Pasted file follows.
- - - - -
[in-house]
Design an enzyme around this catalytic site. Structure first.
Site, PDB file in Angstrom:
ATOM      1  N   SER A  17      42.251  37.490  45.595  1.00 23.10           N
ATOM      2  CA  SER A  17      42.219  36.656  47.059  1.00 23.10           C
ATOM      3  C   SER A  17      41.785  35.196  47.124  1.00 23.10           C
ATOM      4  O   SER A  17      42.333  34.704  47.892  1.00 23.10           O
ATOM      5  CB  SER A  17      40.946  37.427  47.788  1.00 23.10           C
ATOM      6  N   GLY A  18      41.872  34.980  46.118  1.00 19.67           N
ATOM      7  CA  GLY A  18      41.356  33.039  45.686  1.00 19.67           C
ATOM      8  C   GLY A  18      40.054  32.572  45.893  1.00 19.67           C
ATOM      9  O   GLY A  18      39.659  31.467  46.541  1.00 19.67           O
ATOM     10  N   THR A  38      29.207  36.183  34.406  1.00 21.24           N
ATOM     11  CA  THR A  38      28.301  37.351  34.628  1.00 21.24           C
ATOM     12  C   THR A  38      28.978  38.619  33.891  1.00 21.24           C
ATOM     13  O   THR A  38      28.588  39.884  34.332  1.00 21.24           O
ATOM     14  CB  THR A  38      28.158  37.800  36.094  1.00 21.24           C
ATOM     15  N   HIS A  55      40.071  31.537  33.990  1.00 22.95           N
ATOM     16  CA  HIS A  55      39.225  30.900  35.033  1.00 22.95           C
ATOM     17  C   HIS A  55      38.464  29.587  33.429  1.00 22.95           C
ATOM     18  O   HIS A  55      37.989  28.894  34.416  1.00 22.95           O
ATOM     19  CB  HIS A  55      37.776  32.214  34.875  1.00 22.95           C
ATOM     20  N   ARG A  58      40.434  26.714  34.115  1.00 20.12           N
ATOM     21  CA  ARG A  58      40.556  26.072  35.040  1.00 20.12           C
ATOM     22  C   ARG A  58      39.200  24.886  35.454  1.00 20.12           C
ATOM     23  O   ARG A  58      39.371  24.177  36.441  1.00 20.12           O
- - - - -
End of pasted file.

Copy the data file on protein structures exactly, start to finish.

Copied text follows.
[in-house]
Design an enzyme around this catalytic site. Structure first.
Site, PDB file in Angstrom:
ATOM      1  N   SER A  17      42.251  37.490  45.595  1.00 23.10           N
ATOM      2  CA  SER A  17      42.219  36.656  47.059  1.00 23.10           C
ATOM      3  C   SER A  17      41.785  35.196  47.124  1.00 23.10           C
ATOM      4  O   SER A  17      42.333  34.704  47.892  1.00 23.10           O
ATOM      5  CB  SER A  17      40.946  37.427  47.788  1.00 23.10           C
ATOM      6  N   GLY A  18      41.872  34.980  46.118  1.00 19.67           N
ATOM      7  CA  GLY A  18      41.356  33.039  45.686  1.00 19.67           C
ATOM      8  C   GLY A  18      40.054  32.572  45.893  1.00 19.67           C
ATOM      9  O   GLY A  18      39.659  31.467  46.541  1.00 19.67           O
ATOM     10  N   THR A  38      29.207  36.183  34.406  1.00 21.24           N
ATOM     11  CA  THR A  38      28.301  37.351  34.628  1.00 21.24           C
ATOM     12  C   THR A  38      28.978  38.619  33.891  1.00 21.24           C
ATOM     13  O   THR A  38      28.588  39.884  34.332  1.00 21.24           O
ATOM     14  CB  THR A  38      28.158  37.800  36.094  1.00 21.24           C
ATOM     15  N   HIS A  55      40.071  31.537  33.990  1.00 22.95           N
ATOM     16  CA  HIS A  55      39.225  30.900  35.033  1.00 22.95           C
ATOM     17  C   HIS A  55      38.464  29.587  33.429  1.00 22.95           C
ATOM     18  O   HIS A  55      37.989  28.894  34.416  1.00 22.95           O
ATOM     19  CB  HIS A  55      37.776  32.214  34.875  1.00 22.95           C
ATOM     20  N   ARG A  58      40.434  26.714  34.115  1.00 20.12           N
ATOM     21  CA  ARG A  58      40.556  26.072  35.040  1.00 20.12           C
ATOM     22  C   ARG A  58      39.200  24.886  35.454  1.00 20.12           C
ATOM     23  O   ARG A  58      39.371  24.177  36.441  1.00 20.12           O